deposits, which remains at 150 per cent of the basic interest rate under
Decision 16. Although many banks are unlikely to want to offer deposit products
with rates in excess of the interest rate cap, some may wish to offer more
sophisticated structured deposit products with deposit rates linked to other
market events, derivative products, commodities or foreign exchange rates where
the return may be higher than a standard deposit rate. The rates possible
on these products will, however, still be limited by the cap. The SBV is also
yet to formally repeal or replace its dispatches on lending fees, although
lending fees on consumer lending products may again be possible given the
removal of the interest rate cap.
On the same day that the SBV introduced Circular 01 removing the interest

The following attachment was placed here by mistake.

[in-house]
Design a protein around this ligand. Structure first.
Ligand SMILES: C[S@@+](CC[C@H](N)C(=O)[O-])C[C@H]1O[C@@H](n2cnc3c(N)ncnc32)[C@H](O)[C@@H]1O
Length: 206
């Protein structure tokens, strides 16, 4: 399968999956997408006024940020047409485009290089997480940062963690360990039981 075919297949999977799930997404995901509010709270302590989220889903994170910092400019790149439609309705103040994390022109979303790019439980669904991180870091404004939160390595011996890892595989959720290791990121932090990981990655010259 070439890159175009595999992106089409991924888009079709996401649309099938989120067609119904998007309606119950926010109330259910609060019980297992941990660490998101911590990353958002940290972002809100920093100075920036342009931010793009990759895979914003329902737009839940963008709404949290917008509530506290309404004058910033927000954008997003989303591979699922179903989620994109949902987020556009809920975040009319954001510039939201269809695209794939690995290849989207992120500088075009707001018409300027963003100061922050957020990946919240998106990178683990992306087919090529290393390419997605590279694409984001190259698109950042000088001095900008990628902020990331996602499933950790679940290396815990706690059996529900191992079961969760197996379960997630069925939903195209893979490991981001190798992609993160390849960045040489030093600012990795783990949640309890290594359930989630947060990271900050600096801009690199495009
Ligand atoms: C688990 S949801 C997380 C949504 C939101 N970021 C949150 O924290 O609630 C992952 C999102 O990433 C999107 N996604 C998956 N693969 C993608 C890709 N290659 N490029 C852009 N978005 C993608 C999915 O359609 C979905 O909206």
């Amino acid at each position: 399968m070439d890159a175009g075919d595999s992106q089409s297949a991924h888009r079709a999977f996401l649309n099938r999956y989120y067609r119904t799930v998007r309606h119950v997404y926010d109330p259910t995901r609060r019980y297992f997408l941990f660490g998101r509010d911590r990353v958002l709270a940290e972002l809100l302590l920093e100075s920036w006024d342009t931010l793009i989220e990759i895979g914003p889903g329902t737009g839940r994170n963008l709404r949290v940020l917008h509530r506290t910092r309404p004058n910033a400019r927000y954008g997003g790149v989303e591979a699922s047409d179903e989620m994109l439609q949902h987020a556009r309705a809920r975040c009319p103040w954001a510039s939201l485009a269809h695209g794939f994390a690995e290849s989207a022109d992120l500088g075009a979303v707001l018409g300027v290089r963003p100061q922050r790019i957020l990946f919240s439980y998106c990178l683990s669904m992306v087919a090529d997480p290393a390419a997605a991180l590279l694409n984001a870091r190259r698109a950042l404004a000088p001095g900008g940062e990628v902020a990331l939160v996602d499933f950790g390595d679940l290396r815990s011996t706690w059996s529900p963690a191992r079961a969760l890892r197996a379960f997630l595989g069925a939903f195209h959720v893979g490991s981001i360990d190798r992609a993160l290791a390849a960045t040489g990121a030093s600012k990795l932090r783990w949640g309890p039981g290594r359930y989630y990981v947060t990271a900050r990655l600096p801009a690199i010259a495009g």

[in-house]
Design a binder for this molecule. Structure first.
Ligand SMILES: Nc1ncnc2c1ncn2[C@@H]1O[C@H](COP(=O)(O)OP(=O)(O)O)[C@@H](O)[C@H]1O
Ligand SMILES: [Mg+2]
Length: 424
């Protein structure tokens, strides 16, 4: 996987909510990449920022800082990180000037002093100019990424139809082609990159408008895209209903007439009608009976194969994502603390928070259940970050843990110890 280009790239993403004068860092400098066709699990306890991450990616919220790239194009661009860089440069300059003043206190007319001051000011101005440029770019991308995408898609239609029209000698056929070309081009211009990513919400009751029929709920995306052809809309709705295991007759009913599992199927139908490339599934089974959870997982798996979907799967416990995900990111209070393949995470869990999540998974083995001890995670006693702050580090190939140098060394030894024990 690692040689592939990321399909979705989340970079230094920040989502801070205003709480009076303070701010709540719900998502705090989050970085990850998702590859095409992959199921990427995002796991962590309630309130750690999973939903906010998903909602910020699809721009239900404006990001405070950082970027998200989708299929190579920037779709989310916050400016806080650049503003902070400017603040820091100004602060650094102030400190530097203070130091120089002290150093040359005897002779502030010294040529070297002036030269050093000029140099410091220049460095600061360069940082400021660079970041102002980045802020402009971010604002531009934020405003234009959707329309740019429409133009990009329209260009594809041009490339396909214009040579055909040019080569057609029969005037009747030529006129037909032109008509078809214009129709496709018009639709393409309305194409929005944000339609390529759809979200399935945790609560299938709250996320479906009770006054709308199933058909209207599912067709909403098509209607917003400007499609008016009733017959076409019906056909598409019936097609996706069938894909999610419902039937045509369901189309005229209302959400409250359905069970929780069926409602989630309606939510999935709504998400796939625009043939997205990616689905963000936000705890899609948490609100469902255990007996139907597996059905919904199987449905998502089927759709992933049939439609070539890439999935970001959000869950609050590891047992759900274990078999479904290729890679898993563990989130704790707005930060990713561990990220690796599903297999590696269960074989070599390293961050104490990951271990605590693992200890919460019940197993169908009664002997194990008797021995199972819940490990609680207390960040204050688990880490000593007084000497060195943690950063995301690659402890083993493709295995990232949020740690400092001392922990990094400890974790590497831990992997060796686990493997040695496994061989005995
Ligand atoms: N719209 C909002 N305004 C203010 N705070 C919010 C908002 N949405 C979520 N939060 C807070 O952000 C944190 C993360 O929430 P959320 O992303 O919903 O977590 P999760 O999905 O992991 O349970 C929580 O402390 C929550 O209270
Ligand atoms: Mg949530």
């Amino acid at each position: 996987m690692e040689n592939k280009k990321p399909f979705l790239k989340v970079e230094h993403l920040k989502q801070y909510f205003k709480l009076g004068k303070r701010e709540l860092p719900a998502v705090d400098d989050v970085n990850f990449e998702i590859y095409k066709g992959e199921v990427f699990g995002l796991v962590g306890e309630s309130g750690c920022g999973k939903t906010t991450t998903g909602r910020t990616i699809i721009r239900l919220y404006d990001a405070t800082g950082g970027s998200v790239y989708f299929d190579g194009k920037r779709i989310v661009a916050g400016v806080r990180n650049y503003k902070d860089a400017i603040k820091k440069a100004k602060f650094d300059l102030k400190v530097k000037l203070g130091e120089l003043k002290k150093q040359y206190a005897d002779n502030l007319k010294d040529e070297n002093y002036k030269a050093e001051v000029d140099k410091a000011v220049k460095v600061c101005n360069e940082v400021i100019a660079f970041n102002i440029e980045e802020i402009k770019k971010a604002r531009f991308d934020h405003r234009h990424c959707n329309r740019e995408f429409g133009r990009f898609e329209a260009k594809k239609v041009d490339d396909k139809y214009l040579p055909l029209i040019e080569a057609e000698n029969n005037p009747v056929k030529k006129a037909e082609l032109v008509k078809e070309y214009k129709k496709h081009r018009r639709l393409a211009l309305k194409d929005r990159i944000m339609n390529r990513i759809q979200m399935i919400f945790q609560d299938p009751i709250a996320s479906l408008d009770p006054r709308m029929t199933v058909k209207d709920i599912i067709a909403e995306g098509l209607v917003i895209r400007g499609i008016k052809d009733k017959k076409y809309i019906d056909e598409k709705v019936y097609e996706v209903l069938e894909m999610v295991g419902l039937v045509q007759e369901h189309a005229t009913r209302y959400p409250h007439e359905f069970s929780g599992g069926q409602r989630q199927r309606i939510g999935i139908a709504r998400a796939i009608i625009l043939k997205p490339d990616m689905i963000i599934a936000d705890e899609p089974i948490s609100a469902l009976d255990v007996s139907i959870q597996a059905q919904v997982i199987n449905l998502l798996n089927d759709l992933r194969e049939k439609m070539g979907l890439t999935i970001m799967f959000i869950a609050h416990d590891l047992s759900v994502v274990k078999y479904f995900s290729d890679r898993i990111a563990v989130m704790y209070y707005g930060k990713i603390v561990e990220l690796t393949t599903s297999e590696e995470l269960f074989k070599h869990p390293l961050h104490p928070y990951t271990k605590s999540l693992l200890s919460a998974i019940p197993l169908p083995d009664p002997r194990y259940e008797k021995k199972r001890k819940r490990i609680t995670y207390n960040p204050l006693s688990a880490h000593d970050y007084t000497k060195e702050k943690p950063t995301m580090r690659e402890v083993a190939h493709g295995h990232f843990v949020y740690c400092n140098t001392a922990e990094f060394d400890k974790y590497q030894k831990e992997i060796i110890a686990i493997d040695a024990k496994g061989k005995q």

rate ceiling for consumer lending, the Prime Minister issued Decision
131-2009-QD-TTg on Interest Rate Support for Organisations and Individuals for
Borrowing from Banks for Production and Business (Decision
131). Decision 131 may have a significant short-term impact for
foreign banks looking to lend in foreign currency into Vietnam.
Under Decision 131, the Government established an interest rate support
regime that is stated to assist in reducing manufacturing costs for products and
goods, maintain production and business and create jobs. The interest rate
support is available for loans from state commercial banks, shareholding
commercial banks, joint venture banks, foreign bank branches, 100 per cent
foreign-owned banks and on 10 March 2009, was extended to include a limited
number of finance companies (those which comply with the required prudential
ratios and which have a ratio of bad debts to outstanding total loan balances of
less than 5 per cent).
The level of interest rate support is 4 per cent pa but only applies to
short-term (no more than eight months) Vietnamese dong loans and provided that
the loan contract is signed and drawn down between 1 February 2009 and 31